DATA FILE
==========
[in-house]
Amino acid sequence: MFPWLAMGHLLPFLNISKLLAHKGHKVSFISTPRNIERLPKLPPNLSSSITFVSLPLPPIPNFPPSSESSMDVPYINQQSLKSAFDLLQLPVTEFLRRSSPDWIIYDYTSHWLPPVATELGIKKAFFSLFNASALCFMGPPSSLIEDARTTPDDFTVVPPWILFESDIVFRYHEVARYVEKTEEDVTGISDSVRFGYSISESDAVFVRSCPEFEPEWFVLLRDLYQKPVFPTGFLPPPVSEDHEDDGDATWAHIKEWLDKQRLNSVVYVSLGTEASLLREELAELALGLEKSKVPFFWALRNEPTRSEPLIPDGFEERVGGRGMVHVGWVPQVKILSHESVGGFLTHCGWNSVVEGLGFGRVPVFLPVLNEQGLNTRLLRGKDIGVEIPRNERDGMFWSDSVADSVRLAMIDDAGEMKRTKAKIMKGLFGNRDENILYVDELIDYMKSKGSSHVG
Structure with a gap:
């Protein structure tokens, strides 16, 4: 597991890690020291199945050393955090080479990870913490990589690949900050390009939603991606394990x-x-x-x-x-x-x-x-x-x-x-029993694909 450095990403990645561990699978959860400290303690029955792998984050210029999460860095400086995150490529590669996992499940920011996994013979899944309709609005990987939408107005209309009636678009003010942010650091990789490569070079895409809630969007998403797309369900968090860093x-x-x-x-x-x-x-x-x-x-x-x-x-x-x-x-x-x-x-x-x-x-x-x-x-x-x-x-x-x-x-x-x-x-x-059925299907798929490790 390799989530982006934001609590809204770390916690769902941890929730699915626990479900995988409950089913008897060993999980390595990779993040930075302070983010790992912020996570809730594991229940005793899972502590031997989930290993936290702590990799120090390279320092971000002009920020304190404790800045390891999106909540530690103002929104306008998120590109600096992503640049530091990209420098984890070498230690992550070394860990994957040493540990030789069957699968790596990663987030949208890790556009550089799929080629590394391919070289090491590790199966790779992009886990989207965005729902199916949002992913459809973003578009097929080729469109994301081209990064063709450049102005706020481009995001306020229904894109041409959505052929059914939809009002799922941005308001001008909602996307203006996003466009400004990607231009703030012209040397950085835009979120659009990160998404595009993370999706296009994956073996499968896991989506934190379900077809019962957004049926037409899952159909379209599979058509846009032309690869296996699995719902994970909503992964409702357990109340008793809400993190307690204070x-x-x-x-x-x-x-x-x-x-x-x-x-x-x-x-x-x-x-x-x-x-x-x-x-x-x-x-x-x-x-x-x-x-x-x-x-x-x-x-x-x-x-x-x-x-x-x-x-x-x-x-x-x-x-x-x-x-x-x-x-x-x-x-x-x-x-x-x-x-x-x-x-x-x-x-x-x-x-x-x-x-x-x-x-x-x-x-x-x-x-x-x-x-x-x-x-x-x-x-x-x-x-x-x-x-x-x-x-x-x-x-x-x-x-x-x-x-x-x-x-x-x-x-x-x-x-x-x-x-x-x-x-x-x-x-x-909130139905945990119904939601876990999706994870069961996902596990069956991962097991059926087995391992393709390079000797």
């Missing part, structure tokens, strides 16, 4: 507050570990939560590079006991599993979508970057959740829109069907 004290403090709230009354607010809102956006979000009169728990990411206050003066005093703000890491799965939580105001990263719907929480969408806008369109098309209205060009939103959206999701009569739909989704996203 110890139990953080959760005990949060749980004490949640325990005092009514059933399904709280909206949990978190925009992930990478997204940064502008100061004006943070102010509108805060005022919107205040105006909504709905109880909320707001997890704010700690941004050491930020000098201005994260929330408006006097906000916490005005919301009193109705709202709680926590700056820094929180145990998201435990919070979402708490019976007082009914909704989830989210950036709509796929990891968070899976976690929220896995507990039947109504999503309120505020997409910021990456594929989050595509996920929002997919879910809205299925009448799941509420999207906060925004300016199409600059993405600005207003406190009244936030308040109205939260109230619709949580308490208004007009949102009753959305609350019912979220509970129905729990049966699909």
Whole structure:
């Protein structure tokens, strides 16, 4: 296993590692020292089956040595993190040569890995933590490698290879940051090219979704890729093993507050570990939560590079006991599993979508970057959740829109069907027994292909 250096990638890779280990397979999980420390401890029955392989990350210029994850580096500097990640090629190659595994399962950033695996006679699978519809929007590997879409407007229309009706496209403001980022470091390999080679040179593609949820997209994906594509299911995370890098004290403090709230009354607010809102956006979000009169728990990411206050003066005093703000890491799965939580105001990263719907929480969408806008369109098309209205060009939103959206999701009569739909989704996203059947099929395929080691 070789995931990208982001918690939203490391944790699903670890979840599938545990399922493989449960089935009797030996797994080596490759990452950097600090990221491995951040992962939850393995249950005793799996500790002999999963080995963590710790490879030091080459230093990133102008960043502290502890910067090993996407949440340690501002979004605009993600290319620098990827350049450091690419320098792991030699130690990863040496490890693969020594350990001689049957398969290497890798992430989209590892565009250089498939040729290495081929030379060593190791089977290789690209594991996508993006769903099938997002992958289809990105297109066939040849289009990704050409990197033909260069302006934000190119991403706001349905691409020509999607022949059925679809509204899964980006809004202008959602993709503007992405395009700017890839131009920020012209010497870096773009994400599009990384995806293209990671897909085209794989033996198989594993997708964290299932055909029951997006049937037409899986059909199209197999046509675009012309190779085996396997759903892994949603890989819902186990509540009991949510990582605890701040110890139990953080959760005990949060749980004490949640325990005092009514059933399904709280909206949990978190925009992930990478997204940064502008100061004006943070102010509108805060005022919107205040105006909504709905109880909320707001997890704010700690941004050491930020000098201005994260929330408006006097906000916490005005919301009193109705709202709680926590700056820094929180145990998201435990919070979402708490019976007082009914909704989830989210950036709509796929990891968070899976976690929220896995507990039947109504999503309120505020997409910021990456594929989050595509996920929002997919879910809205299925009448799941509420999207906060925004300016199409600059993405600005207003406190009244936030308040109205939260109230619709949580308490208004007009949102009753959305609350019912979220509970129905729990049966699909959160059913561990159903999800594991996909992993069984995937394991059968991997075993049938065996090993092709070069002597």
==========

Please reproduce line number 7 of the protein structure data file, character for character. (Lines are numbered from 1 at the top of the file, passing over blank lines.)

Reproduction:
């Protein structure tokens, strides 16, 4: 296993590692020292089956040595993190040569890995933590490698290879940051090219979704890729093993507050570990939560590079006991599993979508970057959740829109069907027994292909 250096990638890779280990397979999980420390401890029955392989990350210029994850580096500097990640090629190659595994399962950033695996006679699978519809929007590997879409407007229309009706496209403001980022470091390999080679040179593609949820997209994906594509299911995370890098004290403090709230009354607010809102956006979000009169728990990411206050003066005093703000890491799965939580105001990263719907929480969408806008369109098309209205060009939103959206999701009569739909989704996203059947099929395929080691 070789995931990208982001918690939203490391944790699903670890979840599938545990399922493989449960089935009797030996797994080596490759990452950097600090990221491995951040992962939850393995249950005793799996500790002999999963080995963590710790490879030091080459230093990133102008960043502290502890910067090993996407949440340690501002979004605009993600290319620098990827350049450091690419320098792991030699130690990863040496490890693969020594350990001689049957398969290497890798992430989209590892565009250089498939040729290495081929030379060593190791089977290789690209594991996508993006769903099938997002992958289809990105297109066939040849289009990704050409990197033909260069302006934000190119991403706001349905691409020509999607022949059925679809509204899964980006809004202008959602993709503007992405395009700017890839131009920020012209010497870096773009994400599009990384995806293209990671897909085209794989033996198989594993997708964290299932055909029951997006049937037409899986059909199209197999046509675009012309190779085996396997759903892994949603890989819902186990509540009991949510990582605890701040110890139990953080959760005990949060749980004490949640325990005092009514059933399904709280909206949990978190925009992930990478997204940064502008100061004006943070102010509108805060005022919107205040105006909504709905109880909320707001997890704010700690941004050491930020000098201005994260929330408006006097906000916490005005919301009193109705709202709680926590700056820094929180145990998201435990919070979402708490019976007082009914909704989830989210950036709509796929990891968070899976976690929220896995507990039947109504999503309120505020997409910021990456594929989050595509996920929002997919879910809205299925009448799941509420999207906060925004300016199409600059993405600005207003406190009244936030308040109205939260109230619709949580308490208004007009949102009753959305609350019912979220509970129905729990049966699909959160059913561990159903999800594991996909992993069984995937394991059968991997075993049938065996090993092709070069002597």